Elder Care Blog

New Study – Yoga and Reduction in Dementia Risk

A results of a study led by University of California – Los Angeles Department of Psychiatry were recently published in the Journal of Alzheimer’s Disease (http://www.j-alz.com/) and suggest that yoga and meditation may reduce older adults’ risk of mild cognitive impairment. Mild cognitive impairment, or MCI, presents in older adults as changes in memory or thinking. Although these changes may be noticeable, they do not interfere with a person’s day-to-day activities. However, MCI is considered a precursor for the development of Alzheimer’s disease (http://www.mayoclinic.org/diseases-conditions/mild-cognitive-impairment/basics/complications/con-20026392).

The results of the UCLA study are encouraging and exciting! The study included 25 participants aged 55 and older. At the beginning and the end of the study, participants’ cognitive function and brain activity were measured through MRI imaging and the completion of memory tests. Then for 12 weeks, 14 of the participants took part in a 1-hour Kundalini yoga class once a week and practiced Kirtan Kriya meditation for 20 minutes a day. The practice of Kundalini yoga uses breathing techniques, meditation and chanting. Kirtan Kriya meditation is regularly practiced in India to maintain cognitive functioning and uses chanting, hand movements, and light visualization.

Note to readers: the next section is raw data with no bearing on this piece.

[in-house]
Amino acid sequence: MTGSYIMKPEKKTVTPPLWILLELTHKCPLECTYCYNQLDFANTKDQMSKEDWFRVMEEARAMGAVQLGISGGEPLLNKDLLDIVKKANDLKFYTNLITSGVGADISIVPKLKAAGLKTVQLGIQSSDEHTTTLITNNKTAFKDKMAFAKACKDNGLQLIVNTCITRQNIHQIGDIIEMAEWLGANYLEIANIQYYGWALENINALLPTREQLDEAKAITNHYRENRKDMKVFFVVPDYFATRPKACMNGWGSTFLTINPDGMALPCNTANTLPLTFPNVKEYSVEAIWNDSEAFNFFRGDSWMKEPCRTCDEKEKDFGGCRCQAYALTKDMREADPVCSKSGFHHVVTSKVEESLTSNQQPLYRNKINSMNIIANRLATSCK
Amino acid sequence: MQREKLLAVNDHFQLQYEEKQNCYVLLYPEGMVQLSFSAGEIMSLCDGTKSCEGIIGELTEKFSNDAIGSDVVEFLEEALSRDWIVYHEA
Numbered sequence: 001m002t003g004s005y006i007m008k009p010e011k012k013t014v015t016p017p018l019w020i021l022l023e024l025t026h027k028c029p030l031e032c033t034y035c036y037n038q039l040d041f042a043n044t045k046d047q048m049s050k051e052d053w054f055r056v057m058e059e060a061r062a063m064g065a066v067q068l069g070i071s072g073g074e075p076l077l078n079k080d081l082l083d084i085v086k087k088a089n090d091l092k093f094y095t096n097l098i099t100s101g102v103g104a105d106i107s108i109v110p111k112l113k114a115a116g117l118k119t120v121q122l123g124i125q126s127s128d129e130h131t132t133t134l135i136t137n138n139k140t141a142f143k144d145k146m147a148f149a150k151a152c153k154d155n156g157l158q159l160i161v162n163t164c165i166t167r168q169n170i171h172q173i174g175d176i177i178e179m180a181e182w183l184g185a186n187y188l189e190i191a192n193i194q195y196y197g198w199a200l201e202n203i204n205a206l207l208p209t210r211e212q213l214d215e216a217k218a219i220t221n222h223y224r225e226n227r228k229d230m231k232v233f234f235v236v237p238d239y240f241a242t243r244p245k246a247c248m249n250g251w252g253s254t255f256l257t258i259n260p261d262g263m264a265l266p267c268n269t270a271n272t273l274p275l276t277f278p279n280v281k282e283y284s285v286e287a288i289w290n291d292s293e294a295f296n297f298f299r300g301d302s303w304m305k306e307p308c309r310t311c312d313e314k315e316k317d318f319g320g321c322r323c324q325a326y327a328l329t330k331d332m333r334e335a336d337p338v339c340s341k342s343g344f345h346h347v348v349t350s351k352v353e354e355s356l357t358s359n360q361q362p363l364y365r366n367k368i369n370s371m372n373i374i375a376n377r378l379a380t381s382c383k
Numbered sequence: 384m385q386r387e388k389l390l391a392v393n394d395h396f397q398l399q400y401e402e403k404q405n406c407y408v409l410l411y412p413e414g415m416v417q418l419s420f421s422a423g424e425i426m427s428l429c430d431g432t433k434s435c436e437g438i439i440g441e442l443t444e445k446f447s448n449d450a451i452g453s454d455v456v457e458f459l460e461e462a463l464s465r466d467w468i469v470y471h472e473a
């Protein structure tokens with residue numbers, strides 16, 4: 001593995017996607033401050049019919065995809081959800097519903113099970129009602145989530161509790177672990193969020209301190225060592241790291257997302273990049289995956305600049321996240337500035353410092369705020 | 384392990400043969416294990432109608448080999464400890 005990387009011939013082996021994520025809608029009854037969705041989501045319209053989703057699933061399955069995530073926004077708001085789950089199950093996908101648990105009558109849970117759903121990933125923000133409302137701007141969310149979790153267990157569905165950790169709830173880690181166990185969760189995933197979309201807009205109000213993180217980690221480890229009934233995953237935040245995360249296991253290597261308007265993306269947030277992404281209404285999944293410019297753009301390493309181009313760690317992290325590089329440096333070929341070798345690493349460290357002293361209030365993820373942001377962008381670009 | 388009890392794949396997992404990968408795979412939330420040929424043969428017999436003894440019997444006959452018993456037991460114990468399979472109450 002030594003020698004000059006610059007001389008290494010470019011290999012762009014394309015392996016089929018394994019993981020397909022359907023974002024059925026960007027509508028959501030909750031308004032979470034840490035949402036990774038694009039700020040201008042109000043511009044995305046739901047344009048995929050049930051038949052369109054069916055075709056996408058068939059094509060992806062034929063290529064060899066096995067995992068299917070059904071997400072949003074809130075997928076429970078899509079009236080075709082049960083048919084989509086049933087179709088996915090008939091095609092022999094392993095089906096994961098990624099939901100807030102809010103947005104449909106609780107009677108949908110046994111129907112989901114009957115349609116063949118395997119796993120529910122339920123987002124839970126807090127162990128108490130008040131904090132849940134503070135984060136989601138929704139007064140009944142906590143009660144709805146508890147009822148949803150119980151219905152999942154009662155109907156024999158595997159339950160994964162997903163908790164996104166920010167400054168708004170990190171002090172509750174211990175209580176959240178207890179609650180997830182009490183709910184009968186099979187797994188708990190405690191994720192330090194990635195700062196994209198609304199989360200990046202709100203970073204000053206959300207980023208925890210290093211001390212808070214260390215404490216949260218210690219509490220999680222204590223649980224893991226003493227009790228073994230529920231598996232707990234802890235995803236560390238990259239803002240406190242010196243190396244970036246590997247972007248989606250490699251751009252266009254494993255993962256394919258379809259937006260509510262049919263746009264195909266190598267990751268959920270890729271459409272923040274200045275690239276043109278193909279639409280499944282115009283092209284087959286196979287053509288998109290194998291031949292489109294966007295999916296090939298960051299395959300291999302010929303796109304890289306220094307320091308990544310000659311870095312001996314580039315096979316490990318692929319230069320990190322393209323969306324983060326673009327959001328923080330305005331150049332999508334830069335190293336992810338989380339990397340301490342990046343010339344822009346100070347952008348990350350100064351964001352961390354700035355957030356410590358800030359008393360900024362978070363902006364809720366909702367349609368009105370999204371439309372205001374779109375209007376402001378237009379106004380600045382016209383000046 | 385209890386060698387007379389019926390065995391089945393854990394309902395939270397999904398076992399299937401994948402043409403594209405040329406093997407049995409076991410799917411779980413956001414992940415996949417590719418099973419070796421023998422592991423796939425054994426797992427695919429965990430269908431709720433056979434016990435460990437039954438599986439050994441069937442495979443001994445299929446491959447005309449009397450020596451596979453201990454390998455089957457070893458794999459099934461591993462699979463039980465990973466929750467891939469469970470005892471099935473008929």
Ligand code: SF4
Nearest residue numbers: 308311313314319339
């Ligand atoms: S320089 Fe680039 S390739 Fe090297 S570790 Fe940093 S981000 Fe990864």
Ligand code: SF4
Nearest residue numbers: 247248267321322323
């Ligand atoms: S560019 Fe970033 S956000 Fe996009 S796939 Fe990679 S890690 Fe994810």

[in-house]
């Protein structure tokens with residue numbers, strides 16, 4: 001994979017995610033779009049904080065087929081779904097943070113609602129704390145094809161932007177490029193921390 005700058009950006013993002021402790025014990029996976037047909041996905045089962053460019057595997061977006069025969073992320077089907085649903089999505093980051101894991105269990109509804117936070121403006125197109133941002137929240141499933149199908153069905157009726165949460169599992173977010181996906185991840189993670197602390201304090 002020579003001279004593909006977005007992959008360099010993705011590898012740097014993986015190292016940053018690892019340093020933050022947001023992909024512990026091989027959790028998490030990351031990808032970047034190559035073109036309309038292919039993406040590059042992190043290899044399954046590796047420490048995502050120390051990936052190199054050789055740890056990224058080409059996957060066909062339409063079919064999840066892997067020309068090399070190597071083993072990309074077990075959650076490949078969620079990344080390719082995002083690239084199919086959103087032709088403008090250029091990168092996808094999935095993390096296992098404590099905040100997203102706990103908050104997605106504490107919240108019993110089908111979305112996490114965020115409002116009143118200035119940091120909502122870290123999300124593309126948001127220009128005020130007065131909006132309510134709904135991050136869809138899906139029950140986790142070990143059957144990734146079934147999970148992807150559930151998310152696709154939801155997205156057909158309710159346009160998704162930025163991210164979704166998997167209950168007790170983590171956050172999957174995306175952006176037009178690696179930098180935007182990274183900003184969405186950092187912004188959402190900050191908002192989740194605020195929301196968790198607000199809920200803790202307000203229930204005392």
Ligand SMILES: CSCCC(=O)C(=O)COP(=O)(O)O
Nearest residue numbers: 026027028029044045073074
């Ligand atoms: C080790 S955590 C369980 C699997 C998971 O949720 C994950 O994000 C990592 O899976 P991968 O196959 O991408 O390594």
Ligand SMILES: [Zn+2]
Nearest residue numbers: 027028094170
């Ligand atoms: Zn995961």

The remaining study group participated in 1 hour of memory enhancement training through activities such as crossword puzzles and computer games once a week for 12 weeks, and spent 20 minutes a day completing memory exercises.

At the conclusion of the 12 weeks, the researchers found that both groups showed improvements in verbal memory skills – ability to remember names and lists of words. But greater improvements in visual-spatial memory skills – the ability to navigate and remember locations – were shown in the group which practiced yoga and meditation. The improvements in verbal and visual-spatial memory correlated with changes in brain connectivity.

Additionally, results found that, the yoga-meditation group did better in terms of levels of anxiety and depression and coping skills. As those who care for the elderly know, people can become anxious and depressed when they recognize that their memory and cognitive functioning is changing. This study indicate that yoga and meditation may be an effective strategy to combat these symptoms and to slow the progression of MCI. An alternative to adding medication to address anxiety and depression is refreshing. Also, yoga and meditation does not require physical exertion – it is available to all.